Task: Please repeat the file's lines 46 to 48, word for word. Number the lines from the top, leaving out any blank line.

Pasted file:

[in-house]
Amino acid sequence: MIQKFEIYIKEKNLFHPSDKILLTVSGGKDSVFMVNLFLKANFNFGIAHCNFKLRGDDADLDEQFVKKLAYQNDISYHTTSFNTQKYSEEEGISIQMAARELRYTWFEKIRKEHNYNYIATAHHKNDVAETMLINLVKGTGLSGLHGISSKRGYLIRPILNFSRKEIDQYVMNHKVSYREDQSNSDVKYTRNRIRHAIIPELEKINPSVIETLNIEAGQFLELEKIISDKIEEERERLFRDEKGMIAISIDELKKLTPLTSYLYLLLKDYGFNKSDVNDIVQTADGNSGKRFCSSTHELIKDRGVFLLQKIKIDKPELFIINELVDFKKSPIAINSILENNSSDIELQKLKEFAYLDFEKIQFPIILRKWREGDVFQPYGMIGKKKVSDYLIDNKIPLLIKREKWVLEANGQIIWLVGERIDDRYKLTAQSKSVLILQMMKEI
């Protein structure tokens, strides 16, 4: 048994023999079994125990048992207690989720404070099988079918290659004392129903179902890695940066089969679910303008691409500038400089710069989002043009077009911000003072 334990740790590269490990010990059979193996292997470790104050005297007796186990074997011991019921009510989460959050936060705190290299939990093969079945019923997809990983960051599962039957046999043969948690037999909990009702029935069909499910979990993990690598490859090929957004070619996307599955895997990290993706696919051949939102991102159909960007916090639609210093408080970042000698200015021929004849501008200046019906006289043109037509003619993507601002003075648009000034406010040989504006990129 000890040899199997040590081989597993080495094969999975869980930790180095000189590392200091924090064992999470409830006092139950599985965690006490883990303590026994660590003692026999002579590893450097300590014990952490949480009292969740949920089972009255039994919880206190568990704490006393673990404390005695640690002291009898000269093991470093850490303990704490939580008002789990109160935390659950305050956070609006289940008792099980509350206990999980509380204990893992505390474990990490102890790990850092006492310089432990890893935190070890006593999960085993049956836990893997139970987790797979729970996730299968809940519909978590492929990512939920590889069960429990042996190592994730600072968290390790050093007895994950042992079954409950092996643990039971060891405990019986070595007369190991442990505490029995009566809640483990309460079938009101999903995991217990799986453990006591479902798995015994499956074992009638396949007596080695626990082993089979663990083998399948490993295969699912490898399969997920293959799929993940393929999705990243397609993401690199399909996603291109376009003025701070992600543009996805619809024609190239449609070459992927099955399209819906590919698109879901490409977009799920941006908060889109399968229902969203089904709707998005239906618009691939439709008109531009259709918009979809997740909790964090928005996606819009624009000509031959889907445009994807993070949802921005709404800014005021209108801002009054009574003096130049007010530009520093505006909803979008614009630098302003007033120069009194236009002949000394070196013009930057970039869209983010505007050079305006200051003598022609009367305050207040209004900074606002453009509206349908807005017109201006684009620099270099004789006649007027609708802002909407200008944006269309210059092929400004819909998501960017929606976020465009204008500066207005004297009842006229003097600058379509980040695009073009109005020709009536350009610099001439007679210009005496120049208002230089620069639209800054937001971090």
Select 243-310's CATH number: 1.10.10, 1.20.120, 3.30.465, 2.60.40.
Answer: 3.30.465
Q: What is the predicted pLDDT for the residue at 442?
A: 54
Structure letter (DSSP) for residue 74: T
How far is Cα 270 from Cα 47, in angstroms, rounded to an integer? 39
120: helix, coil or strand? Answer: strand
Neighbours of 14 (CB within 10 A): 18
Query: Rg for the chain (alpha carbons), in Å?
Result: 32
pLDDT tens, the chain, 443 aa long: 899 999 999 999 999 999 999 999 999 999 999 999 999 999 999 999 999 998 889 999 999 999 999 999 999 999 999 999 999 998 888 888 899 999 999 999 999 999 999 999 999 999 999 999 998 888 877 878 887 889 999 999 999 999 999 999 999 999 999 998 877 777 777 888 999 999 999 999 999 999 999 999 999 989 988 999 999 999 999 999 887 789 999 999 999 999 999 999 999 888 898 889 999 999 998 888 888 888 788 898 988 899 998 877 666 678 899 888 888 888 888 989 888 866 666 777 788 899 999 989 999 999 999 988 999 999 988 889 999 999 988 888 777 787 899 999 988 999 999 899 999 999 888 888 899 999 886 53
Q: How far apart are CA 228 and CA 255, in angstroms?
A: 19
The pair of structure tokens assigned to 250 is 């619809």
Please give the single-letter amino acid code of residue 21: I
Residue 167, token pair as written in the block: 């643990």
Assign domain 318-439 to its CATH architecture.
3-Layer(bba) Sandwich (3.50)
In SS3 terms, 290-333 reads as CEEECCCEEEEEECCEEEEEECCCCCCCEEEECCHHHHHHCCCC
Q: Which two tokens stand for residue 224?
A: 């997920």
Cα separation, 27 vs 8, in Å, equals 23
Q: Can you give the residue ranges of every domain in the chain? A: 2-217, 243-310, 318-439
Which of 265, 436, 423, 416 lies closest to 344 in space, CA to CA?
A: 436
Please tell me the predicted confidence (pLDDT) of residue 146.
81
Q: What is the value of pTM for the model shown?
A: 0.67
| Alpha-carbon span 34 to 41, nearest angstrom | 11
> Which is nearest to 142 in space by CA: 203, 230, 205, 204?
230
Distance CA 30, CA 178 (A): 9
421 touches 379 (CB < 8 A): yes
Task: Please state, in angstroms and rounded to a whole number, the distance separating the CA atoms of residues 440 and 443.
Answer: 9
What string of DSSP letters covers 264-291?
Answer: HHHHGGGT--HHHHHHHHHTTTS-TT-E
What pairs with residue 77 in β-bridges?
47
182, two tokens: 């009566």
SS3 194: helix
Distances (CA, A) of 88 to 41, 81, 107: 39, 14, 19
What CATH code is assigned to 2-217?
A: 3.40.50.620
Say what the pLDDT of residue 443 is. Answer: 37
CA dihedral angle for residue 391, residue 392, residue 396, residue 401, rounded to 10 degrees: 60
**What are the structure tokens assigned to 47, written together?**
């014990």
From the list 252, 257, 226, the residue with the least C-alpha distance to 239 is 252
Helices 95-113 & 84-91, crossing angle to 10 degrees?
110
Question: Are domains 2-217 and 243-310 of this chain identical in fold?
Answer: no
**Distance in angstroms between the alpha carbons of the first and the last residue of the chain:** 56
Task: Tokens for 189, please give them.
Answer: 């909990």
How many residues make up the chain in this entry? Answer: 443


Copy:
Distances (CA, A) of 88 to 41, 81, 107: 39, 14, 19
What CATH code is assigned to 2-217?
A: 3.40.50.620